ApexDocLocation


Once the apexdoc.jar application is executed it will generate the applicable help files and place them in a folder called ApexDocumentation in the solution folder.

If your solution folder has a folder called ApexDocContent with the following files they will be automatically used:

  1. .header.html
  2. .home.html

The .header.html file contains the logo and heading information for your application help docs.  In the example below the logo for Global Webnet, LLC is shown.  The .home.html file will display on the “Home” (default) tab of the help page.

DocView

002


The final configuration made in external tools is for the “Edit” feature; this will permit you to easily edit the HTML content for your help pages.   In my case I am using Visual Studio Code, it is a free editor that easily handles html, css, and javascript.

I added ./ApexDocContent to the arguments of the code.exe application with a initial directory of the solution folder.   When it executes it loads the application ready to start editing the html documents used by the help system.
DocEdit

Note above [in the screen shot of the documentation] that I have a blue box around a @group Configuration tag and I configure the @group-content location to the ApexDocContent folder.   Below I created a configuration.html it will be looking for.

003

 

Below I show what the .home.html file looks like after editing it in the above window:

004

The solution folder for my CPT application has the apexdoc.jar java application and the ApexDocContent folder which the ApexDoc (GwnV1.x) has been revised to support.  These are the only additional requirements you will have to comply with to take advantage of the ApexDoc features

Click HERE to get the contents of the ApexDocContent folder as well as the latest apexdoc.jar file.

SolutionFolder

When the apexdoc.jar application is executed it will copy all files (that are not html documents) to the ApexDocumentation folder so that they are available for your documentation.   The html files are not copied because the ApexDoc application has already retrieved the information from them (between the body tags) and has inserted the content into documentation files in the ApexDocumentation folder using the same html filename – thus we need to ensure we don’t copy the html files over (the ApexDoc GwnV1.x application takes care of this for you).

The highlighted files below show the minimum files I recommend for your AppDocContent folder.  The css, js, and logo files can be updated and your updates will replace the ApexDocumentation files so that if you make updates you can utilize them in your documentation, e.g. for THIS PAGE I added magnifier .css and .js files. 

ApexDocContent

TDD - System.AggregateException : One or more errors occurred.

The context of this blog is all unit test failing in Resharper… Adventures on the edge

My environment is Visual Studio 2015 Update 3 using Resharper Ultimate.  I see the following message before the system starts shutting down and failing all unit test

TakingLong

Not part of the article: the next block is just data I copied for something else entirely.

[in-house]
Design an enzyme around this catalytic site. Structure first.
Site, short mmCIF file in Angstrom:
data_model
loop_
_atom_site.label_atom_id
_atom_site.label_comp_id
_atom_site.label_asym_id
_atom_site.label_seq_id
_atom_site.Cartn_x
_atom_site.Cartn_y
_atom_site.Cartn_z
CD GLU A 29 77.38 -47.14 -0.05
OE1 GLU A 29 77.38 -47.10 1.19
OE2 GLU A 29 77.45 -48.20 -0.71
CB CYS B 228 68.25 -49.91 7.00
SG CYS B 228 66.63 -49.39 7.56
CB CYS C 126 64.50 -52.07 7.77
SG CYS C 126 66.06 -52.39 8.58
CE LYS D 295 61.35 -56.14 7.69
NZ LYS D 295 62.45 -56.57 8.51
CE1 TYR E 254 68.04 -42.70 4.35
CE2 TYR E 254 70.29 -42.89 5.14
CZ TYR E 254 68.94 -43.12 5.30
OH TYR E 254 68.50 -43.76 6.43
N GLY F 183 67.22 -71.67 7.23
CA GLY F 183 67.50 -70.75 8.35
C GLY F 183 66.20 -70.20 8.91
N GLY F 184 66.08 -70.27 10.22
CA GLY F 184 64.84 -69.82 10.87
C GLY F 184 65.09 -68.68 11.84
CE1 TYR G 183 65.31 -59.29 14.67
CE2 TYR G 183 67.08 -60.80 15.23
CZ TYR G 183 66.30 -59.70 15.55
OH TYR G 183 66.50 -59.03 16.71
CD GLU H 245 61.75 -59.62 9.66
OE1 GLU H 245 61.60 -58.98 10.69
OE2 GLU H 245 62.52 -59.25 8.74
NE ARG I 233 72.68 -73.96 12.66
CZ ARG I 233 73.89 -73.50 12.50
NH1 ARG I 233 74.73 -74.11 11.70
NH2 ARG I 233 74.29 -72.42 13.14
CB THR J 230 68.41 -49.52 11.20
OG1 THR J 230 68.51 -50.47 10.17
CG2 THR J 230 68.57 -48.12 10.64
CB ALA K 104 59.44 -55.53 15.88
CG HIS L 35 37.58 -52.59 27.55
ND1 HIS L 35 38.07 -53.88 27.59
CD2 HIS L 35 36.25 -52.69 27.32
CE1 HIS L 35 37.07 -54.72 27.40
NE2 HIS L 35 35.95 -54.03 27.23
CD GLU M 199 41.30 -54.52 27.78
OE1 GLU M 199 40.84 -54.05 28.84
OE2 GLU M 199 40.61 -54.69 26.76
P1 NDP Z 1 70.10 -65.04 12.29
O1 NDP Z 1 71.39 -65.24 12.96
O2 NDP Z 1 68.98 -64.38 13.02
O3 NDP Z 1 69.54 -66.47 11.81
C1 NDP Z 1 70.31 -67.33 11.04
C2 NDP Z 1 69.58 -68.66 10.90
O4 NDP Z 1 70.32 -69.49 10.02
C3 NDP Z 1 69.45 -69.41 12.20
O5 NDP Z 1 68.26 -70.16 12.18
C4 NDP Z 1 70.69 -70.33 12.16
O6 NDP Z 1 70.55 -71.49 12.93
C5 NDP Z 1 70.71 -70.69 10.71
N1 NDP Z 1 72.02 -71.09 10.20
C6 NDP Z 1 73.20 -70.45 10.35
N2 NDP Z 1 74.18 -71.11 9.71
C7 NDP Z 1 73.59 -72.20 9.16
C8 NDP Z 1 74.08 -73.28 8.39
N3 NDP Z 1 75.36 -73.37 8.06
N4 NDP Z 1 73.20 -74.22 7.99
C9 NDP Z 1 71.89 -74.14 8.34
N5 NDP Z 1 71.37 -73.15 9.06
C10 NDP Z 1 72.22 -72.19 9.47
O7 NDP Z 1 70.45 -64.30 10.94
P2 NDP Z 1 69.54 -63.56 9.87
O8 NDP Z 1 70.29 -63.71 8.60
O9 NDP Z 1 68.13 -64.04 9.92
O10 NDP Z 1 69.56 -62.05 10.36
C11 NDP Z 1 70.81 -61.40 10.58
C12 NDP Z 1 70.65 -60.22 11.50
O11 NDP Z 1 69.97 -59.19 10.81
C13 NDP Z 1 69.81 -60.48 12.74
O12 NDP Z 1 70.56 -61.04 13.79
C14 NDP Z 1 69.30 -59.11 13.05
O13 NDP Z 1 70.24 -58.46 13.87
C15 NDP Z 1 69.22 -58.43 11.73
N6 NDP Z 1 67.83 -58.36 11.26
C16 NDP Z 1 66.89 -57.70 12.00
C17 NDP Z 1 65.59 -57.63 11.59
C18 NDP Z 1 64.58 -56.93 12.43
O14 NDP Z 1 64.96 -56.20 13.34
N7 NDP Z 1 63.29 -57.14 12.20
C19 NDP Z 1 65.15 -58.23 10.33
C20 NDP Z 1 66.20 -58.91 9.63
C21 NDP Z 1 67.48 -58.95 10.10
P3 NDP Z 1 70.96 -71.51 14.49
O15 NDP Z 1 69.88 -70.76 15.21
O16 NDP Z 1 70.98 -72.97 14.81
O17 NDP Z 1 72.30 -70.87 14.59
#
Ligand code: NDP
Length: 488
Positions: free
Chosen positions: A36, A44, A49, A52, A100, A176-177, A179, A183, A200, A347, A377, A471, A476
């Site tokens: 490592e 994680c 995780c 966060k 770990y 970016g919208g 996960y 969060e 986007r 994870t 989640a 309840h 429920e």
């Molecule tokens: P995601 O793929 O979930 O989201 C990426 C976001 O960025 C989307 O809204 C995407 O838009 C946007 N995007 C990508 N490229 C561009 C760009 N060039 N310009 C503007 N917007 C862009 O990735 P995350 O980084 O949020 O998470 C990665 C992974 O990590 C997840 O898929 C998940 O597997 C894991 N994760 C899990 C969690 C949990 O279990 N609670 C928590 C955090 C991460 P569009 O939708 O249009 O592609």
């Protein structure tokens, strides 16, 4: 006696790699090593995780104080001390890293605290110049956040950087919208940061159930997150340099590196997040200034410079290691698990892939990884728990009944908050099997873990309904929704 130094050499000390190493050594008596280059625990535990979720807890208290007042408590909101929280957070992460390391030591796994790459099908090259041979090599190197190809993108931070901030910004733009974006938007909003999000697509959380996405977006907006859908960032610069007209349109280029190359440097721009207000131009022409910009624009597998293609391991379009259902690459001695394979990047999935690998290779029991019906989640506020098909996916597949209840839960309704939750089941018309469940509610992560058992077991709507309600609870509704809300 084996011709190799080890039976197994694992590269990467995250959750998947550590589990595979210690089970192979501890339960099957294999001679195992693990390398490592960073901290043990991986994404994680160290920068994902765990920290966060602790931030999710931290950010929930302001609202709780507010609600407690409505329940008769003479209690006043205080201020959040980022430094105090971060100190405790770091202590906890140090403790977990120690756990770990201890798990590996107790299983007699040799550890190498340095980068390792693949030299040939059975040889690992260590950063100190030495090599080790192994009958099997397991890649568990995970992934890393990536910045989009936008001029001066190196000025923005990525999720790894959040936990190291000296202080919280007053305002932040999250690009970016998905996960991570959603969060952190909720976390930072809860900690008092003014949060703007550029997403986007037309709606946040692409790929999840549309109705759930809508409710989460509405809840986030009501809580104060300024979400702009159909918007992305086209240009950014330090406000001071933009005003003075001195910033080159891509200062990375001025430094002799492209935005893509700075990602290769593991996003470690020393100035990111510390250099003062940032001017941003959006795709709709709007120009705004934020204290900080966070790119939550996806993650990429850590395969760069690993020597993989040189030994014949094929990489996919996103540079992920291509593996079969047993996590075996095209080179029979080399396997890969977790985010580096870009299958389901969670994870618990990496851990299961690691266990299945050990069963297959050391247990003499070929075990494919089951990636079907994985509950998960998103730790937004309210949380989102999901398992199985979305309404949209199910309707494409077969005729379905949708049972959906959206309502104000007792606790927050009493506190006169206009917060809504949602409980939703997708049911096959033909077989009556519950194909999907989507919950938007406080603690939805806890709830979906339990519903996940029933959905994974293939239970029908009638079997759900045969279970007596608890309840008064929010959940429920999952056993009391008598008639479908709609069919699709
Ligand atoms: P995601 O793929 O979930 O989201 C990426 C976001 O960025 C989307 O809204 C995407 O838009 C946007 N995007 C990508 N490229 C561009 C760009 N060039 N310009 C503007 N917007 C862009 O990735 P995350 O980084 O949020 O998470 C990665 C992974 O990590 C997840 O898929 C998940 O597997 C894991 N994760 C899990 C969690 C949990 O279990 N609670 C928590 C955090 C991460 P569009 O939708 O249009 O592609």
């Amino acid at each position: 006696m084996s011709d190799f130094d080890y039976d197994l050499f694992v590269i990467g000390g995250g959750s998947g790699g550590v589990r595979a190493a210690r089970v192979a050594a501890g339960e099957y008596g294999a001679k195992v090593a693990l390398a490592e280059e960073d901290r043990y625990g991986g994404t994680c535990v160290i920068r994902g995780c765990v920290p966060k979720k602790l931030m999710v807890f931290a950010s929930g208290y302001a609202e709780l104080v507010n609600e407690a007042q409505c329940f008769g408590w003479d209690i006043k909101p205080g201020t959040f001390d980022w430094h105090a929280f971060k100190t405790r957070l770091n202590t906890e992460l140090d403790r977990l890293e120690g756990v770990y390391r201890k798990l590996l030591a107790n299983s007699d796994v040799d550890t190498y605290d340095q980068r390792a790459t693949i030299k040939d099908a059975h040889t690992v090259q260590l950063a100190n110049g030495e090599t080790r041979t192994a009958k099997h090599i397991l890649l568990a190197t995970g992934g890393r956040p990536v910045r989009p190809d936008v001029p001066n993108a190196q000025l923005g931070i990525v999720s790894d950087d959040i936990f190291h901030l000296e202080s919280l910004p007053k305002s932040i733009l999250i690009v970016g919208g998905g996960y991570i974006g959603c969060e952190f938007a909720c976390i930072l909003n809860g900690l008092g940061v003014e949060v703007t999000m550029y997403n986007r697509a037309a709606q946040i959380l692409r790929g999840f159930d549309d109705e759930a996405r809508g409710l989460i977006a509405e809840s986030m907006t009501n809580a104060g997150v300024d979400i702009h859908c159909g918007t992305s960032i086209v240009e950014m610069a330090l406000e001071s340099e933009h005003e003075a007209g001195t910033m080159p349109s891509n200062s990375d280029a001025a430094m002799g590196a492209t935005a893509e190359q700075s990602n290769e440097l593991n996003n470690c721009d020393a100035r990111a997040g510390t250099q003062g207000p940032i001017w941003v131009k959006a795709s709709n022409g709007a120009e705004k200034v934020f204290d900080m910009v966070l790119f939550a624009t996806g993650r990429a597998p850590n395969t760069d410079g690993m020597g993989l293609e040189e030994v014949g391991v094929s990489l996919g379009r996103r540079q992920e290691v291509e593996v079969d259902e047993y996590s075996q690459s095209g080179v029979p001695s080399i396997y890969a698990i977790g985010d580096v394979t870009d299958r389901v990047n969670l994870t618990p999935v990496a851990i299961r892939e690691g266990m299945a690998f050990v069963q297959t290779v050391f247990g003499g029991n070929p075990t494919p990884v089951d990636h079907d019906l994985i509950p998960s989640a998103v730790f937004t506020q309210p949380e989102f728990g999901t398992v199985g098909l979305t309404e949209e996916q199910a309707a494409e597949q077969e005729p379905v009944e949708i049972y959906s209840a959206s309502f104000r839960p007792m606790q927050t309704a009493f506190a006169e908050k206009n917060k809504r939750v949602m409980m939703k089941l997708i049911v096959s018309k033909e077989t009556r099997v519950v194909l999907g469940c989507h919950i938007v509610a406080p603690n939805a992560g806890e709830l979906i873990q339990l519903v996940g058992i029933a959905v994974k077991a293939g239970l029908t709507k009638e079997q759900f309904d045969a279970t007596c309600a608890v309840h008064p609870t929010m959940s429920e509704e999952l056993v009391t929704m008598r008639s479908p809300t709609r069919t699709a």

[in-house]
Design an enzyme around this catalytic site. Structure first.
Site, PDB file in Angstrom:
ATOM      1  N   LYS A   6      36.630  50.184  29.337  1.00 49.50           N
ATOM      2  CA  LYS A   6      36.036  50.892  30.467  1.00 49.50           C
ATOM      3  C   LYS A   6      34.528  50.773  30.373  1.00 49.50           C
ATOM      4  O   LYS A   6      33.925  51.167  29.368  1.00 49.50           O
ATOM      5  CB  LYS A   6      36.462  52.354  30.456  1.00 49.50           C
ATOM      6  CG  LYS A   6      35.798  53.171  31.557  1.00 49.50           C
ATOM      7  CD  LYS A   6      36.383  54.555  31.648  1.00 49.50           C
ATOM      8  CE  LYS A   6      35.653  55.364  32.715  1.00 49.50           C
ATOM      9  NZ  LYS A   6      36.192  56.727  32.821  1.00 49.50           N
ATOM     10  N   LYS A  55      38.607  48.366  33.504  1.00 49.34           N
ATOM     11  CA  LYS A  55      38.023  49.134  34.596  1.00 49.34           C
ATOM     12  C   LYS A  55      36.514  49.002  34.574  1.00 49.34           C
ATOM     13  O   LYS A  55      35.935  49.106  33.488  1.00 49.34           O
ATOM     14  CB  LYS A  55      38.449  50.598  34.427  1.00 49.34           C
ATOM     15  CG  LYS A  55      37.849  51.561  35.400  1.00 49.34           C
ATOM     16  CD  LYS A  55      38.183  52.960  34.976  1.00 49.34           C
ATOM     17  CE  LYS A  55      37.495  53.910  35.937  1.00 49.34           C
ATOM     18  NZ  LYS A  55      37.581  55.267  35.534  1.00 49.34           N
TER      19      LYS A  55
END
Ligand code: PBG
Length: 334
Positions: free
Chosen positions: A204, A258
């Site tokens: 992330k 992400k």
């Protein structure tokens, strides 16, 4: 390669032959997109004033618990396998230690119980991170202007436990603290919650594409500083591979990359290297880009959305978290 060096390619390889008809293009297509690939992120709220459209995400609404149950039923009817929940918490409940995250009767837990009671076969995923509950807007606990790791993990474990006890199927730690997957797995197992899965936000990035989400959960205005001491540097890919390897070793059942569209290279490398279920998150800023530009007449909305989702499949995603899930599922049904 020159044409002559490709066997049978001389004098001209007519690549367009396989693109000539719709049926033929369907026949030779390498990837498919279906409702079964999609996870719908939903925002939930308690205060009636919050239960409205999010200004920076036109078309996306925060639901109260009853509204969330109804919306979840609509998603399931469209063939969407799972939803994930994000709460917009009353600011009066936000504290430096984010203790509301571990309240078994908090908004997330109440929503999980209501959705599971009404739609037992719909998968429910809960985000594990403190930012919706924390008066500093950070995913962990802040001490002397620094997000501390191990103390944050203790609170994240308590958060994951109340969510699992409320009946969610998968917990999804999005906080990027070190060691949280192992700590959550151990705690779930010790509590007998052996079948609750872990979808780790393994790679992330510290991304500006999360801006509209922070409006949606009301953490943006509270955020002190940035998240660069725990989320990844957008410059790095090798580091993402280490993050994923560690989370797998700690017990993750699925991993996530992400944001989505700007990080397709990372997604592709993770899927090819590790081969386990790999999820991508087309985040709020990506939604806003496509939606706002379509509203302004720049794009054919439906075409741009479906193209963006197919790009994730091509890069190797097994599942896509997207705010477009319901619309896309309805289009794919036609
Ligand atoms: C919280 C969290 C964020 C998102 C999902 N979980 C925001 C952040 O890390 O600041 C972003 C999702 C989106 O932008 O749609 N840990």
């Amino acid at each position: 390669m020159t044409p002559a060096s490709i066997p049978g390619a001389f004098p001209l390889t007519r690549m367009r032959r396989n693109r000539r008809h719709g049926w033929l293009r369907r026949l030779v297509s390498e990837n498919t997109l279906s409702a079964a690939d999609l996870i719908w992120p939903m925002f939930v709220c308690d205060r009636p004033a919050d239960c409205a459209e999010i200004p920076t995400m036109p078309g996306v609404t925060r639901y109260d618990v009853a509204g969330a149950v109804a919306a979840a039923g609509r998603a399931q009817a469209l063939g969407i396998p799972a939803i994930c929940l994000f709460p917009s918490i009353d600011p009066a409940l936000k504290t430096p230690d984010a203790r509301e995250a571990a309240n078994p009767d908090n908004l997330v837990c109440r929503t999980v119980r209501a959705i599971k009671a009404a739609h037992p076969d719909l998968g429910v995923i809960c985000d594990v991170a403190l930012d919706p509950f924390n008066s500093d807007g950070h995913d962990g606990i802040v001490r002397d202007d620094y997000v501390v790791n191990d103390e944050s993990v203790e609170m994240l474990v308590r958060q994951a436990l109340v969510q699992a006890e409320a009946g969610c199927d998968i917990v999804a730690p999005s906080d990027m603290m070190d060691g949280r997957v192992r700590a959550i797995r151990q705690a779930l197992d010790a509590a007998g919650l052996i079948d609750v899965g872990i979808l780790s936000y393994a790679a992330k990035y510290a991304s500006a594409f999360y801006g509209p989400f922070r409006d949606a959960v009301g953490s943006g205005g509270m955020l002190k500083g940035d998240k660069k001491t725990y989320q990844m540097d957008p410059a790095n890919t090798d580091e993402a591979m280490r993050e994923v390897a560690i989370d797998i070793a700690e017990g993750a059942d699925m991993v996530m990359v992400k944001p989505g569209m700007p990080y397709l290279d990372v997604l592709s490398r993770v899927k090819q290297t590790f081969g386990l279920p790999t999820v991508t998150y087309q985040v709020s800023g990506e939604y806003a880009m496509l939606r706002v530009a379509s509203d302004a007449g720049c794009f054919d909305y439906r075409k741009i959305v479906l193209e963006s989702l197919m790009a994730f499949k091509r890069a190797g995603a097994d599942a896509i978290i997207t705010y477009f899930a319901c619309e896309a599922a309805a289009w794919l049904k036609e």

I then see the following dialog box Adventures on the edge

CannotLaunch

The clue to resolving this came from the first dialog (above).  I tried setting the following “Options”:

  • Platform: 32-bit
  • Framework: CLR4.5 [not sure if this is optional]

And my test started working!

Fix

Does not implement inherited abstract member 'HttpContent.SerializeToStreamAsync(Stream, TransportContext)

So what is wrong with the following code?

It should compile, I’ve seen identical code on an internet blog suggesting it should work.  I delete the offending method SerializationToStreamAsync and have Visual Studio generate it from the interface – it produces the same issue.

It should work – but it doesn’t, keep reading for the solution!

CannotOverride

I resolved the issue in 3 easy steps, after numerous long hours of research….

First, I had to remove the existing System.Net references,  second I loaded NuGet Package manager, and finally I browsed for and installed the v4.1.0 version of the System.Net.Http package and the problem was resolved – I could now compile my solution successfully!

Fix

 

using System.IO;
using System.Net;
using System.Net.Http;
using System.Net.Http.Headers;
using System.Threading.Tasks;
using Newtonsoft.Json;

namespace Salesforce.Force.UnitTests
{
internal class JsonContent : HttpContent
{
private readonly MemoryStream _stream = new MemoryStream();
public JsonContent(object value)
{

Headers.ContentType = new MediaTypeHeaderValue("application/json");
var jw = new JsonTextWriter(new StreamWriter(_stream))
{
Formatting = Formatting.Indented
};
var serializer = new JsonSerializer();
serializer.Serialize(jw, value);
jw.Flush();
_stream.Position = 0;
}
protected JsonContent(string content)
{
Headers.ContentType = new MediaTypeHeaderValue("application/json");
var sw = new StreamWriter(_stream);
sw.Write(content);
sw.Flush();
_stream.Position = 0;
}
protected override Task SerializeToStreamAsync(Stream stream, TransportContext context)
{
return _stream.CopyToAsync(stream);
}
protected override bool TryComputeLength(out long length)
{
length = _stream.Length;
return true;
}
public static HttpContent FromFile(string filepath)
{
string content = File.ReadAllText(filepath);
return new JsonContent(content);
}
}
}